It was a large customer, and they were furious. So we promised we will solve the problem, in a matter of days. But when our engineers started digging deeper, it turned out that some significant architectural changes must be implemented before that particular 3rd party product could be supported. We just didn’t plan in advance to support the type of functionality required. At that point, we could either get back to the customer, deliver the “bad news” and discuss possible courses of action. Or we could keep on trying to find a simpler way to make the solution work. Nobody likes to deliver bad news, so we opted to keep on trying. Days stretched into weeks, and weeks stretched into months. We simply couldn’t come up with a simpler solution that will make the two products work together.  After a few months of back and forth with the customer, we finally mustered the courage to tell them that we do not have a practical solution for the interoperability problem, and that we cannot afford to allocate the resources required to re-architect our product in order to make it work.

This was not a friendly chat, to say the least. The customer felt they were mislead by us, and that we failed to meet our commitments to them. We tried to explain that we did our best, and that had the customer consulted with us about the interoperability before they purchased and deployed the 3rd party product, all this aggravation could have been avoided. But to no avail. The customer remained upset with our team and refused to do any future business with us.

The lesson learned: it is very important to set expectations properly. And when there is a gap between expectations and reality, it is best to deliver “bad news” quickly and discuss ways to move forward.

The final crisis story I will share is about a major European manufacturer. They purchased a product I was responsible for and decided to deploy it, as a pilot project, in some of their sites. Initially, things looked very promising. The product was deployed, it worked as advertised and the customer saw real benefits in using it. We started conversations about having them purchase additional units and deploying them throughout all their sites. A multi-million-dollar deal was in the making. And then all hell broke loose.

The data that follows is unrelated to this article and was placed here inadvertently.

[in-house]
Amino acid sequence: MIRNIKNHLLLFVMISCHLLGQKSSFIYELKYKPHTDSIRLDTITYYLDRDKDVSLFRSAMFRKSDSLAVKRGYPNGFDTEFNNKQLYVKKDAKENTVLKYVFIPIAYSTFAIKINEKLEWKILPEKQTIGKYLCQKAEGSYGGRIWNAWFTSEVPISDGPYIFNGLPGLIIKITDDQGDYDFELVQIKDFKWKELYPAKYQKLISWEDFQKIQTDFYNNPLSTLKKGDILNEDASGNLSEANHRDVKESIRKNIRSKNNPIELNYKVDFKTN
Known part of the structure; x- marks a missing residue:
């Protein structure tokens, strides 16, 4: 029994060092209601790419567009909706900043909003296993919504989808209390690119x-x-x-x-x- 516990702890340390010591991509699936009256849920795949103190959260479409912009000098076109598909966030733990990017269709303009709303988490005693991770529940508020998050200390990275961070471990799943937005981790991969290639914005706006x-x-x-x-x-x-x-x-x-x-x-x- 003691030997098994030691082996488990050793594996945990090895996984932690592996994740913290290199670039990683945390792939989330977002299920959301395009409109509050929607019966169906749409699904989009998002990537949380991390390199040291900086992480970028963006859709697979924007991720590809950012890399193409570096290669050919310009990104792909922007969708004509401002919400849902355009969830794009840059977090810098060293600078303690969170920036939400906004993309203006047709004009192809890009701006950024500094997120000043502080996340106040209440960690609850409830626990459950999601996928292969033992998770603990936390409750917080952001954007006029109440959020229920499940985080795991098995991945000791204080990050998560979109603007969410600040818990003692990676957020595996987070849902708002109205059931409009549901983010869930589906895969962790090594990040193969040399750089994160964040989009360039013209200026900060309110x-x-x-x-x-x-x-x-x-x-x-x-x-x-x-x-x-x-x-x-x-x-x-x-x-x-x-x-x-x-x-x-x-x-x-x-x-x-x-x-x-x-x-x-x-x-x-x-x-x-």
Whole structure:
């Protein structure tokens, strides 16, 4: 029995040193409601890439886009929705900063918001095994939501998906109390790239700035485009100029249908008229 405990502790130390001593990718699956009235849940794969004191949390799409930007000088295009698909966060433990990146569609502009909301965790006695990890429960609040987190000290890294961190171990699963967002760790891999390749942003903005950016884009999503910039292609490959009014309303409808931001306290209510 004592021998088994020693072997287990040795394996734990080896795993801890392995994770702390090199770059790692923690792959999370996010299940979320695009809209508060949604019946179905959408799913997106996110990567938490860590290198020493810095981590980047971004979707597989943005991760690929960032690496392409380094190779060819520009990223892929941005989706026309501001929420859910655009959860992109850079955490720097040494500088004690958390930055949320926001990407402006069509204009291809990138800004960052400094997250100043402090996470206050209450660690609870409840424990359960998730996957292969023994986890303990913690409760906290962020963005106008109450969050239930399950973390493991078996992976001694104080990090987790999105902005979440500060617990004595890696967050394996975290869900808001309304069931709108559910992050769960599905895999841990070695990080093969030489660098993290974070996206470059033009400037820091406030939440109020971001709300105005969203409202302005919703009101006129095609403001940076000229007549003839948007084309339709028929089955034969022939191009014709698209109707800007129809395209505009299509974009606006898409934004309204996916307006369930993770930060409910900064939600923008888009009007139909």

We got a call from the customer, who reported that some of their servers crashed, and they believe the crash was somehow caused by our product. They had to shut down a few servers, and suffered a disruption to their operations. It didn’t take much to realize this was a major crisis.

We quickly assembled a task force, sending a couple of our best engineers on site, and having a fully staffed technical team standing by at the headquarters to help the troops on the ground. There wasn’t much that could be done besides working the problem around the clock. Then came a call from our sales team, who was quite concerned about the prospects of the large follow-on deal they were negotiating with the customer. “We need executive support, and we need it now!” was the message. I got on the next flight to Europe.

When I got to the customer site, I was taken into a conference room to meet their director of IT operations. I don’t know if you were ever yelled at your face by a furious person. If you were, you could picture the scene.  The IT operations director kept firing questions, such as: “do you even bother testing your product before you ship it?”, and “do you even know what quality means?”. I kept my calm as much as I could while trying to answer his questions. But everything I said seemed to just fuel his rage. Eventually he stared at me and angrily shouted: “when will I received a bug-free product from you guys??” I paused for a second, and responded “in ten years, and perhaps not even then”. He fell silent, confused by my answer.

It was a bit of a gamble I admit. I knew he was expecting an answer along the lines of “in the next 24hrs”, but I also knew I can’t promise such a thing. We simply didn’t know how long it will take to find the problem, and how soon can we fix it. And I certainly couldn’t guarantee a “bug free” version of the software…

Using the opportunity that the IT operations director was stunned by my answer, I added: “I am sure you have used software products for many years, so you know that a bug-free version is non-existent. What is really important is how your vendor reacts to a situation when there is a problem.” I noticed he was actually listening, so I continued saying “we sent our best engineers on site to troubleshoot the problem, and assembled the best minds back at the headquarters to help them. We are doing everything we possibly can to resolve the situation. And that’s what you should expect from your vendors”.  The whole atmosphere shifted at that moment. We knew that we’re in it together.

Luckily, we uncovered the problem a few hours later, and had a fix ready the next day. The customer operations were restored, and the product continued to deliver value in their environment. To our sales team delight, the customer subsequently went ahead and invested in deploying the product across their entire organization. They became one of our best references.

The lesson learned: being yelled at is part of the job. Don’t take it personally and don’t get dragged into a shouting match. Stay focused on making sure the customer knows you’re in the same boat and will do whatever it takes to help them.

Don’t get me wrong, handling customer crisis isn’t fun. But it is part of the job, and if done properly can turn into an opportunity. So if you haven’t practiced/learned any “crisis management” skills, it might be a good idea to do so.